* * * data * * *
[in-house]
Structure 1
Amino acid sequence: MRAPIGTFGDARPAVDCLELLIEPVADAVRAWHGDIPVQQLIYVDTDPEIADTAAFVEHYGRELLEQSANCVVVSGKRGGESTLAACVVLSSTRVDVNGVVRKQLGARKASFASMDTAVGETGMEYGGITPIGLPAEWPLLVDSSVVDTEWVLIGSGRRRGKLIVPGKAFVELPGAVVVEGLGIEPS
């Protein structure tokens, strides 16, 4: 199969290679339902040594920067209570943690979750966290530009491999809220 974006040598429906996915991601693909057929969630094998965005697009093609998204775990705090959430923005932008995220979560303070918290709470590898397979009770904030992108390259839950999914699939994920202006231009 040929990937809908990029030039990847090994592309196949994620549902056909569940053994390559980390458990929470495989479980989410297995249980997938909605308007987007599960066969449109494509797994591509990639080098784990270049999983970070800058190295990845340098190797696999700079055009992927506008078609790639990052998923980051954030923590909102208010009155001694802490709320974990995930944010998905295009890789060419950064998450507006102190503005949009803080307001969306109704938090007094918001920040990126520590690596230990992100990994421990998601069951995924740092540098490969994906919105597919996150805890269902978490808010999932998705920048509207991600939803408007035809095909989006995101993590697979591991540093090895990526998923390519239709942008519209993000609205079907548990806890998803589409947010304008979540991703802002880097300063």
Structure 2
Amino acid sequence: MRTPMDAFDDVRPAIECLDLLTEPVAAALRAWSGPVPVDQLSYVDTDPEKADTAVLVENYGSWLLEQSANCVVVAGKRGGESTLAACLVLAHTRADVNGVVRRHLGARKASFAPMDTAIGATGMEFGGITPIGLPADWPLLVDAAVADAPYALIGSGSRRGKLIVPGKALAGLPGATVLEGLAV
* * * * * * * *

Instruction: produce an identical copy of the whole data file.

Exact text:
[in-house]
Structure 1
Amino acid sequence: MRAPIGTFGDARPAVDCLELLIEPVADAVRAWHGDIPVQQLIYVDTDPEIADTAAFVEHYGRELLEQSANCVVVSGKRGGESTLAACVVLSSTRVDVNGVVRKQLGARKASFASMDTAVGETGMEYGGITPIGLPAEWPLLVDSSVVDTEWVLIGSGRRRGKLIVPGKAFVELPGAVVVEGLGIEPS
């Protein structure tokens, strides 16, 4: 199969290679339902040594920067209570943690979750966290530009491999809220 974006040598429906996915991601693909057929969630094998965005697009093609998204775990705090959430923005932008995220979560303070918290709470590898397979009770904030992108390259839950999914699939994920202006231009 040929990937809908990029030039990847090994592309196949994620549902056909569940053994390559980390458990929470495989479980989410297995249980997938909605308007987007599960066969449109494509797994591509990639080098784990270049999983970070800058190295990845340098190797696999700079055009992927506008078609790639990052998923980051954030923590909102208010009155001694802490709320974990995930944010998905295009890789060419950064998450507006102190503005949009803080307001969306109704938090007094918001920040990126520590690596230990992100990994421990998601069951995924740092540098490969994906919105597919996150805890269902978490808010999932998705920048509207991600939803408007035809095909989006995101993590697979591991540093090895990526998923390519239709942008519209993000609205079907548990806890998803589409947010304008979540991703802002880097300063």
Structure 2
Amino acid sequence: MRTPMDAFDDVRPAIECLDLLTEPVAAALRAWSGPVPVDQLSYVDTDPEKADTAVLVENYGSWLLEQSANCVVVAGKRGGESTLAACLVLAHTRADVNGVVRRHLGARKASFAPMDTAIGATGMEFGGITPIGLPADWPLLVDAAVADAPYALIGSGSRRGKLIVPGKALAGLPGATVLEGLAV